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Gilenya® data confirm reducing brain shrinkage matters for people with MS due to its association with long-term disability progression


September 10, 2014 - London

Novartis International AG /Gilenya® data confirm reducing brain shrinkage matters for people with MS due to its association with long-term disability progression . Processed and transmitted by NASDAQ OMX Corporate Solutions.The issuer is solely responsible for the content of this announcement.

  • Brain shrinkage is associated with a loss of physical and cognitive function and occurs at a faster rate in people with MS than those without the disease
     
  • New data showed patients who had the highest rates of brain shrinkage (brain volume loss) at two years had a higher risk of disability progression at four years
     
  • Separate analyses showed that patients continuously treated with Gilenya for six years had sustained low rates of brain shrinkage

The digital press release with multimedia content can be accessed here: 

Basel, Sept 10, 2014 - Novartis announced today that new data presented at the Joint ACTRIMS-ECTRIMS Meeting in Boston, USA, reinforces the clinical importance of measuring brain shrinkage (brain volume loss) in multiple sclerosis (MS). An association between the rate of brain shrinkage and increased risk of long-term disability progression was confirmed in patients with MS[1]. In pooled data from the phase III FREEDOMS core and extension studies, patients were categorized into four groups (quartiles) based on the mean change in brain volume from the start of the study to year-two. The analysis showed that 24.2% of patients who had the highest rate of brain shrinkage at 2 years had confirmed six-month disability progression at four years, compared to 15.4% of patients with the lowest rate of brain shrinkage (p=0.018)[1].

A separate analysis from the long-term follow-up extension study LONGTERMS, showed that the rate of brain shrinkage in patients treated with Gilenya® (fingolimod) remained similar throughout the six-year period, between 0.33% and 0.46%[2]. This was broadly in the range you would expect to see in people without MS, while the typical rate of brain shrinkage experienced by patients with MS is approximately 0.5% to 1.35% per year[3],[4],[5],[6].

"Novartis is committed to generating data that advances science and clinical practice to improve the outcomes of patients. These new findings strengthen the link between brain shrinkage and long-term disability progression, supporting the significance of brain shrinkage for people with MS," said Vasant Narasimhan, Global Head of Development at Novartis Pharmaceuticals. "The new data showing sustained low rates of brain shrinkage in Gilenya-treated patients with MS are reassuring because of the chronic debilitating nature of the disease."

The rate of brain shrinkage for people with MS is around three to five times faster than people without the disease[3],[4],[5],[6], and what is lost cannot be recovered. Brain shrinkage can start early[7],[8],[9],[10], often goes unnoticed and is associated with a loss of physical and cognitive (i.e. memory) function for patients with MS[11].

Analyses of the pooled data from the phase III FREEDOMS core and extension studies showed that irrespective of treatment received brain shrinkage was associated with future long-term disability progression[2].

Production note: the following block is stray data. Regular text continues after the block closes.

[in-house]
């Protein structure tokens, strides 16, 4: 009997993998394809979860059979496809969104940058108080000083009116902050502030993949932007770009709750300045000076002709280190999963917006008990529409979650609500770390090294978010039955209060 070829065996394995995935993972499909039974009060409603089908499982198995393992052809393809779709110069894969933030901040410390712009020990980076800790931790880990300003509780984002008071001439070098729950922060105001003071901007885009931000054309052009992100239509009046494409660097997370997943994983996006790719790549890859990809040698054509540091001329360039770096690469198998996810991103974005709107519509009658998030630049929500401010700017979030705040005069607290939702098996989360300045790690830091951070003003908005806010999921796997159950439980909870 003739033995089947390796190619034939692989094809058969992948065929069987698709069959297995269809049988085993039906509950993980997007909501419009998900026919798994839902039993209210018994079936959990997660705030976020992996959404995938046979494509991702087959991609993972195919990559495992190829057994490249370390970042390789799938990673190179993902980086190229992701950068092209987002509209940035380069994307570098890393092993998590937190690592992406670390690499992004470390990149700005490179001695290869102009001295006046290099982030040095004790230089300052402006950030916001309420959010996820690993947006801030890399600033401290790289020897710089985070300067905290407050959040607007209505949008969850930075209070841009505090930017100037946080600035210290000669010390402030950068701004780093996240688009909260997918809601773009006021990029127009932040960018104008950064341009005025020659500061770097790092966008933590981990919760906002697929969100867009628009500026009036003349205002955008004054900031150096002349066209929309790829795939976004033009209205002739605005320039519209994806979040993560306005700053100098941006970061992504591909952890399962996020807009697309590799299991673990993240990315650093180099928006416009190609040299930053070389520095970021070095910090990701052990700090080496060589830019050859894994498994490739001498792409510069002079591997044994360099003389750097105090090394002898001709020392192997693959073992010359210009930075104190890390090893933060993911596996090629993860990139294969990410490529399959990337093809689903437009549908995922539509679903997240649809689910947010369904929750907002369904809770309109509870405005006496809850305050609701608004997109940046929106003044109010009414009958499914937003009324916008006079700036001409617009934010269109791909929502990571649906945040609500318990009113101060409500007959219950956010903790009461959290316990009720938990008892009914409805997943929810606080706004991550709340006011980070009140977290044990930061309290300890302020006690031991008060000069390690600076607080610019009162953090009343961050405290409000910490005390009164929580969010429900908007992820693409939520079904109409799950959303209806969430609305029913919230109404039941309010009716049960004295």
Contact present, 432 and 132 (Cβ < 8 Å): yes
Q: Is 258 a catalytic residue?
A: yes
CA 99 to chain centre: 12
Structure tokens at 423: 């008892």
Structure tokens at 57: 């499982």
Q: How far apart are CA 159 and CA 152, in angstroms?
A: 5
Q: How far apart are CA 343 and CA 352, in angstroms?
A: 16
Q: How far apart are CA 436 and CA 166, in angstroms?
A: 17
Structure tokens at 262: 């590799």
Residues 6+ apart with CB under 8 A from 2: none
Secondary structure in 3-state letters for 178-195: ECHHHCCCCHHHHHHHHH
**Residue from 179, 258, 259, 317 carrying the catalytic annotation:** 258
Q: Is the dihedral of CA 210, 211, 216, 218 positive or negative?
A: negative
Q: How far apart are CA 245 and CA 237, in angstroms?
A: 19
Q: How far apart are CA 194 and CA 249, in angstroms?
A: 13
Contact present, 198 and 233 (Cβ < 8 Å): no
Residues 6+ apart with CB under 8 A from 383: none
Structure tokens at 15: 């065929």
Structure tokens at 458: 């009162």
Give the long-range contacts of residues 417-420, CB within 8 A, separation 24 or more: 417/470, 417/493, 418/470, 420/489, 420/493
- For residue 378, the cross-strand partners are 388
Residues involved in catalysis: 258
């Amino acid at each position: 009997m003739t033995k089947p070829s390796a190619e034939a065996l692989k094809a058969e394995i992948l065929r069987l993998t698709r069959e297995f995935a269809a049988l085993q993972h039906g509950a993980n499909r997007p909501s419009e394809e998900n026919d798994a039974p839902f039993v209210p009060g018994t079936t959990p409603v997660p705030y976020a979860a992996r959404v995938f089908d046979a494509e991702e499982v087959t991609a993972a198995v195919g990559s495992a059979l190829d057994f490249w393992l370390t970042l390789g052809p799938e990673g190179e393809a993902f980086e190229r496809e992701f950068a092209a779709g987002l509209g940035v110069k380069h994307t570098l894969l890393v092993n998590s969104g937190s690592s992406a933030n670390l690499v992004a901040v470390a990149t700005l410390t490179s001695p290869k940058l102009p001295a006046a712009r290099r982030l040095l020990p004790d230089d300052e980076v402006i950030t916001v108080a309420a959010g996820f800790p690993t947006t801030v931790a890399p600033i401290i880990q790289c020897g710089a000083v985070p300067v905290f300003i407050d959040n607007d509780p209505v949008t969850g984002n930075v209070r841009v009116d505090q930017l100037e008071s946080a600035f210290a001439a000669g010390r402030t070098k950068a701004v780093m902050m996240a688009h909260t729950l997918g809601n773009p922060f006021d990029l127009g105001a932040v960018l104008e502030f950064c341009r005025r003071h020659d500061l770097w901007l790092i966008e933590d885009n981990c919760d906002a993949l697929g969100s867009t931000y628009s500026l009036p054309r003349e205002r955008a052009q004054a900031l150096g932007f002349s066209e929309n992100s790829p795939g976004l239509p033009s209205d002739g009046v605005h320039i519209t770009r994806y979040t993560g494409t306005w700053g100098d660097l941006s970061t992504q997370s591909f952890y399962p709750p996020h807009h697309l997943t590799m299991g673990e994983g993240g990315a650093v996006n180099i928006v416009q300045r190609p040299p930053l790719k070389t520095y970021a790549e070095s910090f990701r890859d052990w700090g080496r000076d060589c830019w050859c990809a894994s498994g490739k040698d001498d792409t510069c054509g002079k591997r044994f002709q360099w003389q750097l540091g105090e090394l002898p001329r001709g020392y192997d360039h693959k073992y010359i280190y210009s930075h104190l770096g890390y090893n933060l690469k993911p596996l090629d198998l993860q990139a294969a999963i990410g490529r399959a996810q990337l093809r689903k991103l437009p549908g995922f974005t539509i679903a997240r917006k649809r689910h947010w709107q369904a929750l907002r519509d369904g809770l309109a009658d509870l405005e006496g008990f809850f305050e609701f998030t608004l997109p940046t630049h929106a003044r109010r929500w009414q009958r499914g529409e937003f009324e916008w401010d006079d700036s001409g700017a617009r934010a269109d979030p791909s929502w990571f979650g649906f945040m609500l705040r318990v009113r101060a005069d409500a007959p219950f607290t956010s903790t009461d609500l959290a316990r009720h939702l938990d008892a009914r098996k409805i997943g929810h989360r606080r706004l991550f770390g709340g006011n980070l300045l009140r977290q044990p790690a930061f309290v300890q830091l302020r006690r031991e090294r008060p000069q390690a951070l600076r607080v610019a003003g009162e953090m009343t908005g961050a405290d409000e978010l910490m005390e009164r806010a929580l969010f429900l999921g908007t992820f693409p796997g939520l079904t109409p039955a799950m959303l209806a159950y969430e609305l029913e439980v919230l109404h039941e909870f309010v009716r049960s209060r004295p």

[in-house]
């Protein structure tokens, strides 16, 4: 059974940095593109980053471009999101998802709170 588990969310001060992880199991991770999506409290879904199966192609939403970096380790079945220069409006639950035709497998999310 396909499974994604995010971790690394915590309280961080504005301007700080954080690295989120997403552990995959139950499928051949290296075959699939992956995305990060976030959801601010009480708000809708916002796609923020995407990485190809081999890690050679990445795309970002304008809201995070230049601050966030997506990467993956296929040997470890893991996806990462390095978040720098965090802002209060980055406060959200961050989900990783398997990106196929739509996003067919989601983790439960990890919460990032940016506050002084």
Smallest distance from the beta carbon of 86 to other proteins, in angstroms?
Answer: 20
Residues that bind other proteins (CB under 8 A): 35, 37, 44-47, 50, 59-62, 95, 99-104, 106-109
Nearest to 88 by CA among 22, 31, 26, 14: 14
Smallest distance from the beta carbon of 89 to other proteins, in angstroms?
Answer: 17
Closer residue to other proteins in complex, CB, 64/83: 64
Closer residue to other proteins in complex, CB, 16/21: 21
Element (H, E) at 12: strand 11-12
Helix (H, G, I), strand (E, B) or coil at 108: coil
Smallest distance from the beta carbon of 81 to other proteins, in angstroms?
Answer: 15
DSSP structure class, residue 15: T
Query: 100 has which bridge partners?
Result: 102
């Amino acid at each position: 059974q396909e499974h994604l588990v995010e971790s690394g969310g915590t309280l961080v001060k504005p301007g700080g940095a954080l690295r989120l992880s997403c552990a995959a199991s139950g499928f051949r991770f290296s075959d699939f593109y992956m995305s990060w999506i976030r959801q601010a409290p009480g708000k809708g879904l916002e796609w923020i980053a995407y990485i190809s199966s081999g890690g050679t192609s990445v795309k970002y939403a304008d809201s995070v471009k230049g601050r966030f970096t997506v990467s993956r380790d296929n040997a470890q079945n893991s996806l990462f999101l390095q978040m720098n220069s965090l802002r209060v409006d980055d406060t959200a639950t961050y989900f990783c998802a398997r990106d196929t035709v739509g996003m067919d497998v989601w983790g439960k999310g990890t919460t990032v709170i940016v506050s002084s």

About Multiple Sclerosis  
Multiple sclerosis (MS) is a chronic disorder of the central nervous system (CNS) that disrupts the normal functioning of the brain, optic nerves and spinal cord through inflammation and tissue loss[12]. The evolution of MS results in an increasing loss of both physical (e.g. walking) and cognitive (e.g. memory) function[13]. This has a substantial negative impact on the approximately 2.3 million people worldwide affected by MS[14], a disease that begins in early adulthood, most often between the ages of 20 and 40[15].

The loss of physical and cognitive function in MS is driven by two types of damage that result in the loss of neurons and brain tissue - distinct inflammatory lesions (referred to as focal damage), and more widespread inflammatory neurodegenerative processes (referred to as diffuse damage). Focal damage results in the loss of brain tissue and can clinically present as relapses. Diffuse damage starts early in the disease, often goes unnoticed and is also associated with loss of brain tissue and accumulated loss of function[16],[17],[18].

About Gilenya
Gilenya is the only oral disease-modifying therapy (DMT) to impact the course of relapsing-remitting MS (RRMS) with high efficacy across four key measures of disease activity: relapses, MRI lesions, brain shrinkage (brain volume loss) and disability progression[19],[20],[21],[22],[23].

Gilenya targets both focal and diffuse CNS damage. It prevents cells that cause focal inflammation from reaching the brain (referred to as 'peripheral' action), but also enters the CNS and reduces the diffuse damage by preventing the activation of harmful cells residing in the CNS (referred to as 'central action')[24],[25],[26]. It is important to address both focal and diffuse damage in RRMS to effectively impact disease activity and help preserve an individual's physical (e.g. walking) and cognitive (e.g. memory) function.

Gilenya has been used to treat more than 100,000 patients in a clinical trial and post-marketing setting over ten years and has a well-established safety profile.

About Novartis in Multiple Sclerosis
Novartis is committed to the research and development of new treatment options to offer the right treatment to the right patient at the right time, to meet patients' needs at every stage of disease with innovative and targeted drugs.

In addition to its ongoing development program for Gilenya in primary progressive MS (PPMS), pediatric MS and chronic inflammatory demyelinating polyneuropathy (CIDP), the Novartis MS portfolio includes Extavia® (interferon beta-1b for subcutaneous injection). Investigational compounds include BAF312 (siponimod), currently in Phase III clinical development and being developed as the first oral therapy for secondary progressive MS (SPMS). Novartis is also exploring the IL-17 pathway in MS.

Disclaimer